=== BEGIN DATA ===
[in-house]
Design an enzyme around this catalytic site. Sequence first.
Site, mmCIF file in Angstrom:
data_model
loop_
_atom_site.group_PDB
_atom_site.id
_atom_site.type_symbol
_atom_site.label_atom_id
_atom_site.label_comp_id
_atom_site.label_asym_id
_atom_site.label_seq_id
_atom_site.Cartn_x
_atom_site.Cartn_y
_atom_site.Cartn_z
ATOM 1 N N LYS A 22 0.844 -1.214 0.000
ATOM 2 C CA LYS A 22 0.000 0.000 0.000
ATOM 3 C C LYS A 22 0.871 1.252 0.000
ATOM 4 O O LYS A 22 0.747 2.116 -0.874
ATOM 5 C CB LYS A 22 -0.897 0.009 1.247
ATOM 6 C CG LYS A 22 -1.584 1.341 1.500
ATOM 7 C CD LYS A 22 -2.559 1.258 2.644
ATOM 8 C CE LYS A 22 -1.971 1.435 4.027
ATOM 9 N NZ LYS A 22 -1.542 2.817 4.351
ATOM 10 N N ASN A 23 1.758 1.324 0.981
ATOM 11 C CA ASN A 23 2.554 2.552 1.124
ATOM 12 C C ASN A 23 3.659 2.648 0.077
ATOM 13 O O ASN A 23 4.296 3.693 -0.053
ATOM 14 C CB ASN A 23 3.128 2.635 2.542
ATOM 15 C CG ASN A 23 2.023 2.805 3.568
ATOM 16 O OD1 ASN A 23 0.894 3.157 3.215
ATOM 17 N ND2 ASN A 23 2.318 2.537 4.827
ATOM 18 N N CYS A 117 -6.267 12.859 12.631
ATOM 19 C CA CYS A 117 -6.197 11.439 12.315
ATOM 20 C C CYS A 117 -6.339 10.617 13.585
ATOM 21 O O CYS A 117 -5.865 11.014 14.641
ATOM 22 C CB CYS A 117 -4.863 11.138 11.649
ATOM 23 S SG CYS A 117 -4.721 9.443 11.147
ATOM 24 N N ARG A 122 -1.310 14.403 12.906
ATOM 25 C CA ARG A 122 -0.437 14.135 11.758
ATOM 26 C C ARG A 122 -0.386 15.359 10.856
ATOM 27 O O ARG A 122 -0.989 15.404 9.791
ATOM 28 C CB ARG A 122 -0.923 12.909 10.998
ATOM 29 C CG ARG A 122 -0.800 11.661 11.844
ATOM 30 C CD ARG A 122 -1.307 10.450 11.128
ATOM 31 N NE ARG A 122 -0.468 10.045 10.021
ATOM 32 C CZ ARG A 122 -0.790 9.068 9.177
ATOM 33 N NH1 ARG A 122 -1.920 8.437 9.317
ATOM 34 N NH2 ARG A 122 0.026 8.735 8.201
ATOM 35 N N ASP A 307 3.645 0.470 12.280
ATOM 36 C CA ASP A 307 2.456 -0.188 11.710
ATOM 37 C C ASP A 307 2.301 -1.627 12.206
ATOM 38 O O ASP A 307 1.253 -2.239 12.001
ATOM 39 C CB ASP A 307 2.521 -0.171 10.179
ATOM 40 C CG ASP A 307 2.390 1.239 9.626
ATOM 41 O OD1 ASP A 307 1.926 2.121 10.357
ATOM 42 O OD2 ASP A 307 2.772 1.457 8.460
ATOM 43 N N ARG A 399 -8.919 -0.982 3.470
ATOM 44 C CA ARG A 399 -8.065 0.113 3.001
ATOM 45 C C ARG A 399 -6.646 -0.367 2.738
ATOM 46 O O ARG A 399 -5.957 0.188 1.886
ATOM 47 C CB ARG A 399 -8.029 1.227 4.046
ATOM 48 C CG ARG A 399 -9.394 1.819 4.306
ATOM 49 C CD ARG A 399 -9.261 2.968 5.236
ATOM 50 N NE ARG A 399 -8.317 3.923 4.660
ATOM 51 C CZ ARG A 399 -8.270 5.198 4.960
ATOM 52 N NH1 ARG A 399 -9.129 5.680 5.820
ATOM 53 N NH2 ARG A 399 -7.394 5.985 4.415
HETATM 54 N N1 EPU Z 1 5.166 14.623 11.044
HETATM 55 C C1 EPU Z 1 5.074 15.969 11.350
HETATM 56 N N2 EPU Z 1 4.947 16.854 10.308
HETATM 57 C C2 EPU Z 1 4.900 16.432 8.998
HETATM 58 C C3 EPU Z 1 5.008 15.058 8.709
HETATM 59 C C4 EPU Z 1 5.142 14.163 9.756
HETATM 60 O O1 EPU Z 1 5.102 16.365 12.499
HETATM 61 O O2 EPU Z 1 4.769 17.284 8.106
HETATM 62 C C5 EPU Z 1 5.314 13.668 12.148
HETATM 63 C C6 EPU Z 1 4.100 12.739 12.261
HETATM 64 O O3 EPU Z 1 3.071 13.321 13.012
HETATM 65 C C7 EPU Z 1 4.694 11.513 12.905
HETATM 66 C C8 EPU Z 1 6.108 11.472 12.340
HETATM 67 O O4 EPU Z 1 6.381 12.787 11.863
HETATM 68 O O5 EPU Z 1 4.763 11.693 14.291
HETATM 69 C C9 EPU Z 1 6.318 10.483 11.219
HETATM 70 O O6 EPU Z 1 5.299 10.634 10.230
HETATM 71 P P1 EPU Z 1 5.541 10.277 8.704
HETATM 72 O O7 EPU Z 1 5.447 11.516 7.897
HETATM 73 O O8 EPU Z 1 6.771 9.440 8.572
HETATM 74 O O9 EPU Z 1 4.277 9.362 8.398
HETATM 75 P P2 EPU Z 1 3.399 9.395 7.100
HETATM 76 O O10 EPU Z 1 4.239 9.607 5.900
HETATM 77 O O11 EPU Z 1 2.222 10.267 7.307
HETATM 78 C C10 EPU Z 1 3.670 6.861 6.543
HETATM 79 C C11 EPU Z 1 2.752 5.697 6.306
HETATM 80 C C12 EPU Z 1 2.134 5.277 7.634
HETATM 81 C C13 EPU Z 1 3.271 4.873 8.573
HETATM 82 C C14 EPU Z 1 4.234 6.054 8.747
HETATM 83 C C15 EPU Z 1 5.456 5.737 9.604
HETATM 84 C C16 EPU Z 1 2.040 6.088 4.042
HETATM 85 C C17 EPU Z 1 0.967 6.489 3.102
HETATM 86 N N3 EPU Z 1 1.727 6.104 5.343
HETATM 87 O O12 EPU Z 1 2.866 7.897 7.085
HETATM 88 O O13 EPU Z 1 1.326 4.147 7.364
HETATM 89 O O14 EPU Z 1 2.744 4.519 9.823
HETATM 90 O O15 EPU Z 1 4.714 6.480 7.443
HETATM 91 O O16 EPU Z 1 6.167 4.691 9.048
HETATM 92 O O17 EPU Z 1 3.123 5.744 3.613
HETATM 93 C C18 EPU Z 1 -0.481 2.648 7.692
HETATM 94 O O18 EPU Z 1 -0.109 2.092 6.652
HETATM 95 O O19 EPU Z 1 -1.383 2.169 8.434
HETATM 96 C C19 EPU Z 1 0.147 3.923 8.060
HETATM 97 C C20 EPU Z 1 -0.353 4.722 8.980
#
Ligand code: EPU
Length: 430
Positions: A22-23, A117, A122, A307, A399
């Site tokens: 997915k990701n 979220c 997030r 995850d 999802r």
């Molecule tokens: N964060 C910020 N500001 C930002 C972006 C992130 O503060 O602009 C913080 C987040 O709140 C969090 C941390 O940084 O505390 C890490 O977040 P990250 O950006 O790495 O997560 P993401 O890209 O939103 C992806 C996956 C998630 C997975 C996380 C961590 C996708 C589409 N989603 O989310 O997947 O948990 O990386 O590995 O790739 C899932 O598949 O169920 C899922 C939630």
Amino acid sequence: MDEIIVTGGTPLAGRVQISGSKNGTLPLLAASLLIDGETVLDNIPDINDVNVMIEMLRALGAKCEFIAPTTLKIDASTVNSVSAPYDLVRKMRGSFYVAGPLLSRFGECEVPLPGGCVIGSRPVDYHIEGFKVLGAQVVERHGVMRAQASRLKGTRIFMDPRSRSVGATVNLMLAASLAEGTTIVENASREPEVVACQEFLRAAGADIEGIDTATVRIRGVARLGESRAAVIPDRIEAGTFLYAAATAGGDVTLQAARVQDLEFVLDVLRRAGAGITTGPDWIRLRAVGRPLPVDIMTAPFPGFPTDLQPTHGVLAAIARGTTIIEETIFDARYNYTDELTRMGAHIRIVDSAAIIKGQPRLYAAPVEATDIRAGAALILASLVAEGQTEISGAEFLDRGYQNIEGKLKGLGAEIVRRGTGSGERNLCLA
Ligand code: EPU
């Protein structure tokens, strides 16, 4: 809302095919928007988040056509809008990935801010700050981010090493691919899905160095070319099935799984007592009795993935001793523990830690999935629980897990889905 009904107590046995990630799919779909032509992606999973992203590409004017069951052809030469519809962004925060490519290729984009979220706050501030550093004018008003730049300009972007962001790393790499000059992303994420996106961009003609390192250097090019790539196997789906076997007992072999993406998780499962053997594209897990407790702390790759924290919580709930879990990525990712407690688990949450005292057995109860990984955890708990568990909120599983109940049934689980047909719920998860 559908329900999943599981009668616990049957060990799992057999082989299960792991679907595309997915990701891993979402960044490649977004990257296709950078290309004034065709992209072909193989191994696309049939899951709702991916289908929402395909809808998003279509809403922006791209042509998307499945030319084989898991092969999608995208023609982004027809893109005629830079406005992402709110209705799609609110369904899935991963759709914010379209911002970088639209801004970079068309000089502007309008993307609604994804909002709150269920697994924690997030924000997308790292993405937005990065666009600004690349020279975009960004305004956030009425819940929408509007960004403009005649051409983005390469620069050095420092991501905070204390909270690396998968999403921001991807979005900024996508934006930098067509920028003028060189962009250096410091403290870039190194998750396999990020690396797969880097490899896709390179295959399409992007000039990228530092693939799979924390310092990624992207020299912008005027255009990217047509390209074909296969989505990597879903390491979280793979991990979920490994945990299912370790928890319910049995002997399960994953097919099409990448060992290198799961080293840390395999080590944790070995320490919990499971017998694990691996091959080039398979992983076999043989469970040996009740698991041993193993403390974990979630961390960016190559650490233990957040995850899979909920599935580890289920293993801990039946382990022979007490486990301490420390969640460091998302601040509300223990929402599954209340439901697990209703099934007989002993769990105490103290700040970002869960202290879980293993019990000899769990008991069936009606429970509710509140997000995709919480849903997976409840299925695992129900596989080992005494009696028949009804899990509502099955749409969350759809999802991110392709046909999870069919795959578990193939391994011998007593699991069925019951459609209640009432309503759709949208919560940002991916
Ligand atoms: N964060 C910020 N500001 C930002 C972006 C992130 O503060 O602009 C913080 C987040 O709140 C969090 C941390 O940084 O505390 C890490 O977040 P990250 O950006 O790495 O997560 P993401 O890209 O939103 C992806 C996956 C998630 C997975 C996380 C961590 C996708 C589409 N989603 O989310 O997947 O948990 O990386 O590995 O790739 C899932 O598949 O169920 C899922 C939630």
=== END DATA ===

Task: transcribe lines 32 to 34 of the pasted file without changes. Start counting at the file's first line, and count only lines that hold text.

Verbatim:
ATOM 17 N ND2 ASN A 23 2.318 2.537 4.827
ATOM 18 N N CYS A 117 -6.267 12.859 12.631
ATOM 19 C CA CYS A 117 -6.197 11.439 12.315